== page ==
The head of a Department has no constitutional prerogative of appointment to offices independently of the legislation of Congress, and by such legislation he must be governed, not only in making appointments but in all that is incident thereto.
116 U.S. 483, 485 (1886) (emphasis added).

On the one hand, Perkins is very different from the present case: It is a removal, not an appointments case, and it is departmental rather than an executive appointment. But the italicized language suggests that where an actor has "no constitutional prerogative of appointment" -- that is, where it is up to Congress to decide who gets to make an appointment -- then Congress has the authority to set the conditions upon which the appointment is made. If Kushner is an inferior officer, then, and subject to congressional rules regarding who gets to make the appointment, he may consequently be subject to congressional rules regarding who is allowed to receive the appointment as well.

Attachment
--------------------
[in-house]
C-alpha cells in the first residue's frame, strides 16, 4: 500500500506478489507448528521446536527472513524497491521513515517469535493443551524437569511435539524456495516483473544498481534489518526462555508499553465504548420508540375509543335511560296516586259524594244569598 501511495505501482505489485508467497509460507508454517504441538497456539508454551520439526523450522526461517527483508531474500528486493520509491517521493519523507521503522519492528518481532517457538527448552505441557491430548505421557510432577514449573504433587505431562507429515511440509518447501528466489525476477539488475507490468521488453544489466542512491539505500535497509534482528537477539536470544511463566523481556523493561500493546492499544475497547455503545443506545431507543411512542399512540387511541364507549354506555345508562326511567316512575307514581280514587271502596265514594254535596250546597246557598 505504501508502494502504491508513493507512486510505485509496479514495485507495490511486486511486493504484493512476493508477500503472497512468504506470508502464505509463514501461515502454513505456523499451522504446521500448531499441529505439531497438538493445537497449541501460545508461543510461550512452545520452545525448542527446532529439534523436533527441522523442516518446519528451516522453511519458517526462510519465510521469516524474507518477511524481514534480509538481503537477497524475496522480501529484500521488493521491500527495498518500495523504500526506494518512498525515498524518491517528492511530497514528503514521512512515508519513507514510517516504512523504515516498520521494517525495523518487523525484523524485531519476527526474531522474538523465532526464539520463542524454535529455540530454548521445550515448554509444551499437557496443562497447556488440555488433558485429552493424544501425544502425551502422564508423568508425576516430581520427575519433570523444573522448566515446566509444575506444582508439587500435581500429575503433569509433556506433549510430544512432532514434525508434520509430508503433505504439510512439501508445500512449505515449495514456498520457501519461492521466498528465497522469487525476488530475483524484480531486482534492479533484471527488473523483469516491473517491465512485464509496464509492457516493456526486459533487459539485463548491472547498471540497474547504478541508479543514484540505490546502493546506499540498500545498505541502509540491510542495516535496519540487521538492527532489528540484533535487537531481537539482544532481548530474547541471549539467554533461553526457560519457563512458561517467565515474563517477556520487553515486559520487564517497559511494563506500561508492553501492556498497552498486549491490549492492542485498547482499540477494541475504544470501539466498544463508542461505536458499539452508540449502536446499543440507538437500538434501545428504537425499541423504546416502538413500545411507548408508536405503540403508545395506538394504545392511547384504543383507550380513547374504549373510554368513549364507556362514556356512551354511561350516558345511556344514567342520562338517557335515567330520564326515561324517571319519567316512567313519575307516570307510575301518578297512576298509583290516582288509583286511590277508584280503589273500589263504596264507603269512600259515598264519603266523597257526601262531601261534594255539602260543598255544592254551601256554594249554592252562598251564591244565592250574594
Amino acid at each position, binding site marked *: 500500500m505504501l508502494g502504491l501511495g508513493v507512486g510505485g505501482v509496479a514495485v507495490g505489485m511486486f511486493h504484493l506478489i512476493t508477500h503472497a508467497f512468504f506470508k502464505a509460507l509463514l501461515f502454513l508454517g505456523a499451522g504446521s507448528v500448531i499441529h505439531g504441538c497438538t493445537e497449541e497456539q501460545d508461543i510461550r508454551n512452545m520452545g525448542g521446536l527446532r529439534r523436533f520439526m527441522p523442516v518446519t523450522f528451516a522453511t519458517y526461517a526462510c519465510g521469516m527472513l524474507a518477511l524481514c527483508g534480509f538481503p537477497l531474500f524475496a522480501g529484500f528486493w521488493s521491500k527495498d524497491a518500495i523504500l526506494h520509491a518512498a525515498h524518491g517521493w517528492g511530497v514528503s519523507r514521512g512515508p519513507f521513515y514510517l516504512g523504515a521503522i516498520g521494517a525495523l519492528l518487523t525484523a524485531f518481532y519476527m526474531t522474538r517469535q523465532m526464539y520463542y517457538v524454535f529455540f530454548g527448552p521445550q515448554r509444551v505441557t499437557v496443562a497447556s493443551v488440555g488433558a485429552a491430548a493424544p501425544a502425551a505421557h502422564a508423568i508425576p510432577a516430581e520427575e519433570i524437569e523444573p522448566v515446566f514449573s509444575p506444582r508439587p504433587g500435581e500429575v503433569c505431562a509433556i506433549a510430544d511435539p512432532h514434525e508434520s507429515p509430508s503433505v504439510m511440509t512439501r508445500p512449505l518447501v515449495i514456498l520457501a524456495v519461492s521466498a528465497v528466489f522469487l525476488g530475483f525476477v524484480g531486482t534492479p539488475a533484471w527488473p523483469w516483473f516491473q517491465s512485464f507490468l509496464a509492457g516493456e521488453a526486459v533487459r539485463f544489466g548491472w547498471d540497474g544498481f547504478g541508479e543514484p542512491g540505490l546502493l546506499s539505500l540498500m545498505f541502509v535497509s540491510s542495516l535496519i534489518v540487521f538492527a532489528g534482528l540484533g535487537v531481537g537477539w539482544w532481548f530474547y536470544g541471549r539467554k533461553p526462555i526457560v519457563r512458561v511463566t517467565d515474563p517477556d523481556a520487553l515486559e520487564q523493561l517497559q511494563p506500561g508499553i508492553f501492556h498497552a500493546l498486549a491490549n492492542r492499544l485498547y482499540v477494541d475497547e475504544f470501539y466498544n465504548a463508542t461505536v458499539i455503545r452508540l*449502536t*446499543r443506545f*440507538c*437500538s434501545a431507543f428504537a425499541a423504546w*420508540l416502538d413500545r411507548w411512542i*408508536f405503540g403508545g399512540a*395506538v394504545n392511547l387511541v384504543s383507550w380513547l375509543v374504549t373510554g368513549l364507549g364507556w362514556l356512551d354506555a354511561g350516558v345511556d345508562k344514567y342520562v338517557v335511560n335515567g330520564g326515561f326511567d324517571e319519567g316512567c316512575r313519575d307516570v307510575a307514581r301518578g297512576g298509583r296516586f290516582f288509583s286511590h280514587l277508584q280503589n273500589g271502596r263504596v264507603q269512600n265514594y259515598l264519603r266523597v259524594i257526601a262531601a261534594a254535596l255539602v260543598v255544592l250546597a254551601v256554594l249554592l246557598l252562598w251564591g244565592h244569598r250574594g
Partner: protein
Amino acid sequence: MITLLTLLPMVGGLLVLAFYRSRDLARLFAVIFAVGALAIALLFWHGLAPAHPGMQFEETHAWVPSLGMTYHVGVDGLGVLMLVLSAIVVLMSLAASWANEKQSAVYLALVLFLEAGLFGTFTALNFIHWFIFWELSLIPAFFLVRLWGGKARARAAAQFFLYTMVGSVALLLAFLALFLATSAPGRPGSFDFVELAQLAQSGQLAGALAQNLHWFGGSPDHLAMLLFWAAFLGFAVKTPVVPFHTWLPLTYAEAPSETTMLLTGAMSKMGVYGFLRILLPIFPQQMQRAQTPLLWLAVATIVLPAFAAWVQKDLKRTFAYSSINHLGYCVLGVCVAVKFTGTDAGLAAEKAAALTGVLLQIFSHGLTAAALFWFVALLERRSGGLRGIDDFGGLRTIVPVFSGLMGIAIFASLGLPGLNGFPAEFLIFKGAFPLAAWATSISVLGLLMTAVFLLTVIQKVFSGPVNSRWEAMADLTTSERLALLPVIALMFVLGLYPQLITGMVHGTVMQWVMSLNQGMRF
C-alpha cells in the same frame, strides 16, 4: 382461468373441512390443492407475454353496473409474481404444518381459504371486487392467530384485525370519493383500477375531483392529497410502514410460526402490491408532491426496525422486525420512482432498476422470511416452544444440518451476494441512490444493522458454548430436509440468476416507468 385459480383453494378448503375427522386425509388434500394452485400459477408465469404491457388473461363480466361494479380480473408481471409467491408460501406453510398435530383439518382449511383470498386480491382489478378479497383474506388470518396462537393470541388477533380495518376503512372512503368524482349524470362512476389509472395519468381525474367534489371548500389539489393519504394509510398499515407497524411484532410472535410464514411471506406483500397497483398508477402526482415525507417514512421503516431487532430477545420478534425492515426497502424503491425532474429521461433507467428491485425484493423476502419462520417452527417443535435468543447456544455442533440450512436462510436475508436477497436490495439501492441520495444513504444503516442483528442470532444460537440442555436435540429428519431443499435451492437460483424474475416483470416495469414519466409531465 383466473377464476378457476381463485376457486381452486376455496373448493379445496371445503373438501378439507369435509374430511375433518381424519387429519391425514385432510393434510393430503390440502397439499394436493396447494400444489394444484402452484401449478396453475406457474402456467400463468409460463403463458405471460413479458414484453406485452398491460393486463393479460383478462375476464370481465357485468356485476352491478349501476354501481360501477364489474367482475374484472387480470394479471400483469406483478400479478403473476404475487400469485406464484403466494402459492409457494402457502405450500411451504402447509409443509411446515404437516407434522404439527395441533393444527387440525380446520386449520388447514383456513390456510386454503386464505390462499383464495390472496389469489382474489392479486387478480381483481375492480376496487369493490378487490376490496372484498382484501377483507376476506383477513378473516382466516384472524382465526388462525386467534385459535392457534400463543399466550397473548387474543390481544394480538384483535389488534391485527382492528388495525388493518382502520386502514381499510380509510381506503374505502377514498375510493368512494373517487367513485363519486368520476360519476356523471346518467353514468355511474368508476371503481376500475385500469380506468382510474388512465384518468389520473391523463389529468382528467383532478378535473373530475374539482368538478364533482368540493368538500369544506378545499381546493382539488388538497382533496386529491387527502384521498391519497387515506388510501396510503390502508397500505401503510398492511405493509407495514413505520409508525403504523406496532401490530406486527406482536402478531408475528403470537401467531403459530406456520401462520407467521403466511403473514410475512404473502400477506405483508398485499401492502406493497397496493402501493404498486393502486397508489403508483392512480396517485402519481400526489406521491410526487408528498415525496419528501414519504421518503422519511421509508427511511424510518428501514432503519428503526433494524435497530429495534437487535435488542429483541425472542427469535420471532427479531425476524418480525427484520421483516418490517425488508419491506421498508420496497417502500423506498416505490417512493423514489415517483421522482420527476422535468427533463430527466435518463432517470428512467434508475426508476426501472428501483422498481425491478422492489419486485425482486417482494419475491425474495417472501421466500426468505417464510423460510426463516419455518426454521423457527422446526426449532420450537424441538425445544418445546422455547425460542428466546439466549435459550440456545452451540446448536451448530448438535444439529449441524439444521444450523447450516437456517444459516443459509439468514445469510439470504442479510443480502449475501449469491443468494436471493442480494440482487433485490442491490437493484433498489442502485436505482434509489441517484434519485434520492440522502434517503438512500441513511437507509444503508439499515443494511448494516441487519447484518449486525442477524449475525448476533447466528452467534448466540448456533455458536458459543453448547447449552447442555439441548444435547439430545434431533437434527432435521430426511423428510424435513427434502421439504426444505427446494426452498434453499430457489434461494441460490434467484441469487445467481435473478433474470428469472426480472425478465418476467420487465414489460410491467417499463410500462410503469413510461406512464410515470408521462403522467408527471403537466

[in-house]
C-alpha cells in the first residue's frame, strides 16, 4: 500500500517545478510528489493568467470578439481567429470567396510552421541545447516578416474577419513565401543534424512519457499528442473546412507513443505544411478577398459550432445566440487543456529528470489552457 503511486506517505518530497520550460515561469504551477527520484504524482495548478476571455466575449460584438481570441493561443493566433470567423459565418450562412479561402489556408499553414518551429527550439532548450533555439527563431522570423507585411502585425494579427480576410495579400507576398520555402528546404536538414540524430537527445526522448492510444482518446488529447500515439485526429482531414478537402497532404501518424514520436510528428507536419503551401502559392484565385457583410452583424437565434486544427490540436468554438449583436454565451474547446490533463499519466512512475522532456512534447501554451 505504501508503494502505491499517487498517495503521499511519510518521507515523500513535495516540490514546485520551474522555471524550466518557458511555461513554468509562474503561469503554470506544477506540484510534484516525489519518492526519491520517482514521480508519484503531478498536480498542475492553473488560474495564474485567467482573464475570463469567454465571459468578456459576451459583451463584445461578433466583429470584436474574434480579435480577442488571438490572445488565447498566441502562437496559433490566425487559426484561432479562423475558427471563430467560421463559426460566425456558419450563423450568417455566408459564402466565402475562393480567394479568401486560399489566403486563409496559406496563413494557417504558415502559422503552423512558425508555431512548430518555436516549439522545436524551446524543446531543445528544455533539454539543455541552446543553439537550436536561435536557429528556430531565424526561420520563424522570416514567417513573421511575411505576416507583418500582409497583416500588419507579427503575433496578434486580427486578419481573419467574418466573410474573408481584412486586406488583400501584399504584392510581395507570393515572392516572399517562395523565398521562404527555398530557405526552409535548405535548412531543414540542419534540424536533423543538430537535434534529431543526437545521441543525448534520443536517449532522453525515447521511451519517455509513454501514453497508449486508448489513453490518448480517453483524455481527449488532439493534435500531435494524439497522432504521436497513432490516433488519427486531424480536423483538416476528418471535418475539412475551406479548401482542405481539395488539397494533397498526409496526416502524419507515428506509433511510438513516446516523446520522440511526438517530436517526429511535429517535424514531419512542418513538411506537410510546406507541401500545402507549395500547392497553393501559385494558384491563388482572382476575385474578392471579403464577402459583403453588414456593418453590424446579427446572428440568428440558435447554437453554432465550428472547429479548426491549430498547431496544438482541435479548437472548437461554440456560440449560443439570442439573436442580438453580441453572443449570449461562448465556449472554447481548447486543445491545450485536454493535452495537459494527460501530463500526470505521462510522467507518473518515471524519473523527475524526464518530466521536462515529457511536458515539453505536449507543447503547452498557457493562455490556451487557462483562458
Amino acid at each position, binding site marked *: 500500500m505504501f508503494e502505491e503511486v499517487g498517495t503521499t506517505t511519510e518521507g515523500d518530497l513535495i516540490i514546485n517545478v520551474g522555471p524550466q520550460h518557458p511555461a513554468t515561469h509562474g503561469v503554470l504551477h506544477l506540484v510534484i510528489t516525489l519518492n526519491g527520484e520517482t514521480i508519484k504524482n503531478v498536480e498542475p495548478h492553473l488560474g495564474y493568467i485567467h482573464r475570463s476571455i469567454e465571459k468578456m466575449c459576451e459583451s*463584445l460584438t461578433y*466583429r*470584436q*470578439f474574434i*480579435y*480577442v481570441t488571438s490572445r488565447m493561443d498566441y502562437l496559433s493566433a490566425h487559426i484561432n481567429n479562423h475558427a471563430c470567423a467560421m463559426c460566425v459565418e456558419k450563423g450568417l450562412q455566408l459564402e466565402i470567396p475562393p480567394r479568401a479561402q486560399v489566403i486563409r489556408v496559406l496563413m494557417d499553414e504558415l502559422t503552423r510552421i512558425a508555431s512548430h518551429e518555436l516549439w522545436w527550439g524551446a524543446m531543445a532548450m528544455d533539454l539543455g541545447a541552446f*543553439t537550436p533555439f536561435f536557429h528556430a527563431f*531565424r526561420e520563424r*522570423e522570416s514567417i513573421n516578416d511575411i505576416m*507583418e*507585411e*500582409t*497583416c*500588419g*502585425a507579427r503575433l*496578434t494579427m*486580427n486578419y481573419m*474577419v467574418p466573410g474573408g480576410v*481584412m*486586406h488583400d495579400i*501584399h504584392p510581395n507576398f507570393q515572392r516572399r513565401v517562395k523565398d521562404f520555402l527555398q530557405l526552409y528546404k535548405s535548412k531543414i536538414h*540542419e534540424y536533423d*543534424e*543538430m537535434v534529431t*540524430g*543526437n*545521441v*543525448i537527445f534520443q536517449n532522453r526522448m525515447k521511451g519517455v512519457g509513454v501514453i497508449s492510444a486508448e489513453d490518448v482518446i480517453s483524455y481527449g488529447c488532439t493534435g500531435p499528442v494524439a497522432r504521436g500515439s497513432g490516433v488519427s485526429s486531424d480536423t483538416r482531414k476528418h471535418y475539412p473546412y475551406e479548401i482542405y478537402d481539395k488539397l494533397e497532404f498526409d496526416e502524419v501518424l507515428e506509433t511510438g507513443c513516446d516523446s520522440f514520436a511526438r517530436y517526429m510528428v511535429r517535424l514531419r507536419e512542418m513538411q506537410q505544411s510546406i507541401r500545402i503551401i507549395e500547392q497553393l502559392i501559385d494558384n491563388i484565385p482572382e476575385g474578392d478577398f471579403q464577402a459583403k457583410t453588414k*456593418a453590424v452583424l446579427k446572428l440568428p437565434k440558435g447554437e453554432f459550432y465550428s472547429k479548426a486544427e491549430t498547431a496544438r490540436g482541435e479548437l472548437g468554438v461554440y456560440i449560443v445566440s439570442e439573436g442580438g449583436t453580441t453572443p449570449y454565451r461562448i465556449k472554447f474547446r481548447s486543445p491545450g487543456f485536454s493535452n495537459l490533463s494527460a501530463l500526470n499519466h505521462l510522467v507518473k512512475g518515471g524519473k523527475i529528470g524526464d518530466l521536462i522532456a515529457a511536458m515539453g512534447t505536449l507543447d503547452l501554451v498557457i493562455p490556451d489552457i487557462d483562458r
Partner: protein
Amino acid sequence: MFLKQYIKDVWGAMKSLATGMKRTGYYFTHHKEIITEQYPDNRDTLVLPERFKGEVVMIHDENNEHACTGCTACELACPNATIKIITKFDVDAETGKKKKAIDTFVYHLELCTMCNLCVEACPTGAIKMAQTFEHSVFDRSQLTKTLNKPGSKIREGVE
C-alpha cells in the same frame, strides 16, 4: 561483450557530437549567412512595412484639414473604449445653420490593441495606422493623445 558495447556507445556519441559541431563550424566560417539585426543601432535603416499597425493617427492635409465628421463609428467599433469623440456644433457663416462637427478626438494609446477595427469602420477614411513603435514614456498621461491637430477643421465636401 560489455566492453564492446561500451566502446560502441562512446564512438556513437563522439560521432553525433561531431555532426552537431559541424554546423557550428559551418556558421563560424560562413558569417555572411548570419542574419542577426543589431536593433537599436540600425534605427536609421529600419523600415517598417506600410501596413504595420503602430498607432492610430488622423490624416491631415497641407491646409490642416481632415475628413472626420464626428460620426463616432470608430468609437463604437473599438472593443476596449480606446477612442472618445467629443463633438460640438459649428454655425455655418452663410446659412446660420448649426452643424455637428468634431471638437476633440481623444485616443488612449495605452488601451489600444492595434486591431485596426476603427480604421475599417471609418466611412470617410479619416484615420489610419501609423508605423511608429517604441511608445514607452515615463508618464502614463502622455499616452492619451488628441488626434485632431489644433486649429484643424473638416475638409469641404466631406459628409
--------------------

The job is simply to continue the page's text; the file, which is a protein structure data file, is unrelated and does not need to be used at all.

This, in turn, assumes that Kushner is even an "inferior officer". Inferior officers, the Supreme Court has observed, are those "whose work is directed and supervised at some level by others who were appointed by Presidential nomination with the advice and consent of the Senate." Edmond v. United States, 520 U.S. 651, 663 (1997). A purely political advisor doesn't seem to fit this mold either; there is no Senate-confirmable officer he serves under. And if Kushner wouldn't be a principal or an inferior officer, then there aren't any constitutional rules speaking to his appointment one way or another. This goes to the larger point that the modern executive branch qua branch, with its wide network of aides and advisors, really isn't contemplated in the Constitution at all.